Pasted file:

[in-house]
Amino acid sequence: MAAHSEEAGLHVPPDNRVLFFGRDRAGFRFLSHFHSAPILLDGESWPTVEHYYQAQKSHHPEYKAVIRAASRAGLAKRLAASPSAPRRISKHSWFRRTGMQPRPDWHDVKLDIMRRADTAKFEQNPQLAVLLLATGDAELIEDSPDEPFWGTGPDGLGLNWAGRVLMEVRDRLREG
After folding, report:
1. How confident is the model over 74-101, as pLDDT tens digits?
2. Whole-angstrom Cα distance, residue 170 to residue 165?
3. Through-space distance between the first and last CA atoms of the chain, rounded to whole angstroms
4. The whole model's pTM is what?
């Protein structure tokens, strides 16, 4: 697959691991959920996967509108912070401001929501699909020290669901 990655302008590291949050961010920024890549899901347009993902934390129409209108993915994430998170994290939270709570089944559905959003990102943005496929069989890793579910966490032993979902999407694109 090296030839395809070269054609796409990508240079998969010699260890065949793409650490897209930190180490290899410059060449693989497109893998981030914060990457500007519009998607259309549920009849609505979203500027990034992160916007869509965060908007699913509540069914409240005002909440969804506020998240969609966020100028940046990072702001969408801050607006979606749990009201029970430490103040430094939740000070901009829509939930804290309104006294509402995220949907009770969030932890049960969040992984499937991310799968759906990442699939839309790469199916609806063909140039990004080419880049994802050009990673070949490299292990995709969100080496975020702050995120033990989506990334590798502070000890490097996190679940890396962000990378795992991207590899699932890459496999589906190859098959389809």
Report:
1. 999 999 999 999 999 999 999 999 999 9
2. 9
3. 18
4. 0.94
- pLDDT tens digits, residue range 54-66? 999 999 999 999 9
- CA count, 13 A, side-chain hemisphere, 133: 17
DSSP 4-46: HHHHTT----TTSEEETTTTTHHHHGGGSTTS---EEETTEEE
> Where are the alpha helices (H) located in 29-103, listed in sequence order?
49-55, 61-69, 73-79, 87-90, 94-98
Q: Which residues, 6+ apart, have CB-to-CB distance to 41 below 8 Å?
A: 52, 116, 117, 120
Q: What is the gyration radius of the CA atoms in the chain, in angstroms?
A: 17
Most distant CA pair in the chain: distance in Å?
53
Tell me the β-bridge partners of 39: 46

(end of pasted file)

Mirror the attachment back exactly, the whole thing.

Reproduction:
[in-house]
Amino acid sequence: MAAHSEEAGLHVPPDNRVLFFGRDRAGFRFLSHFHSAPILLDGESWPTVEHYYQAQKSHHPEYKAVIRAASRAGLAKRLAASPSAPRRISKHSWFRRTGMQPRPDWHDVKLDIMRRADTAKFEQNPQLAVLLLATGDAELIEDSPDEPFWGTGPDGLGLNWAGRVLMEVRDRLREG
After folding, report:
1. How confident is the model over 74-101, as pLDDT tens digits?
2. Whole-angstrom Cα distance, residue 170 to residue 165?
3. Through-space distance between the first and last CA atoms of the chain, rounded to whole angstroms
4. The whole model's pTM is what?
């Protein structure tokens, strides 16, 4: 697959691991959920996967509108912070401001929501699909020290669901 990655302008590291949050961010920024890549899901347009993902934390129409209108993915994430998170994290939270709570089944559905959003990102943005496929069989890793579910966490032993979902999407694109 090296030839395809070269054609796409990508240079998969010699260890065949793409650490897209930190180490290899410059060449693989497109893998981030914060990457500007519009998607259309549920009849609505979203500027990034992160916007869509965060908007699913509540069914409240005002909440969804506020998240969609966020100028940046990072702001969408801050607006979606749990009201029970430490103040430094939740000070901009829509939930804290309104006294509402995220949907009770969030932890049960969040992984499937991310799968759906990442699939839309790469199916609806063909140039990004080419880049994802050009990673070949490299292990995709969100080496975020702050995120033990989506990334590798502070000890490097996190679940890396962000990378795992991207590899699932890459496999589906190859098959389809």
Report:
1. 999 999 999 999 999 999 999 999 999 9
2. 9
3. 18
4. 0.94
- pLDDT tens digits, residue range 54-66? 999 999 999 999 9
- CA count, 13 A, side-chain hemisphere, 133: 17
DSSP 4-46: HHHHTT----TTSEEETTTTTHHHHGGGSTTS---EEETTEEE
> Where are the alpha helices (H) located in 29-103, listed in sequence order?
49-55, 61-69, 73-79, 87-90, 94-98
Q: Which residues, 6+ apart, have CB-to-CB distance to 41 below 8 Å?
A: 52, 116, 117, 120
Q: What is the gyration radius of the CA atoms in the chain, in angstroms?
A: 17
Most distant CA pair in the chain: distance in Å?
53
Tell me the β-bridge partners of 39: 46